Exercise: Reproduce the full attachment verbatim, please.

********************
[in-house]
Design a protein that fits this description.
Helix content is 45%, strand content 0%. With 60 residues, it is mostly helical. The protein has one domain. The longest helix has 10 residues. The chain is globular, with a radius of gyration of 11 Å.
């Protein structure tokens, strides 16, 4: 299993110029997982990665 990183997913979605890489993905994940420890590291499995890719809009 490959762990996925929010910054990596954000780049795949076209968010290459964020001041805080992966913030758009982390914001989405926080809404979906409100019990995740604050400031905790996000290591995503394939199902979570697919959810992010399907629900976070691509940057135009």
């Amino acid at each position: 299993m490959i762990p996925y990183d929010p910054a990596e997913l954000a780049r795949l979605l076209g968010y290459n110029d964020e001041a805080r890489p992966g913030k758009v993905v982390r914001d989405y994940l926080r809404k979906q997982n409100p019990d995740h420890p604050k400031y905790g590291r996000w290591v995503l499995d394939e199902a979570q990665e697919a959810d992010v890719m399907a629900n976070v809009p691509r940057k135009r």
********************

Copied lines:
[in-house]
Design a protein that fits this description.
Helix content is 45%, strand content 0%. With 60 residues, it is mostly helical. The protein has one domain. The longest helix has 10 residues. The chain is globular, with a radius of gyration of 11 Å.
């Protein structure tokens, strides 16, 4: 299993110029997982990665 990183997913979605890489993905994940420890590291499995890719809009 490959762990996925929010910054990596954000780049795949076209968010290459964020001041805080992966913030758009982390914001989405926080809404979906409100019990995740604050400031905790996000290591995503394939199902979570697919959810992010399907629900976070691509940057135009």
């Amino acid at each position: 299993m490959i762990p996925y990183d929010p910054a990596e997913l954000a780049r795949l979605l076209g968010y290459n110029d964020e001041a805080r890489p992966g913030k758009v993905v982390r914001d989405y994940l926080r809404k979906q997982n409100p019990d995740h420890p604050k400031y905790g590291r996000w290591v995503l499995d394939e199902a979570q990665e697919a959810d992010v890719m399907a629900n976070v809009p691509r940057k135009r």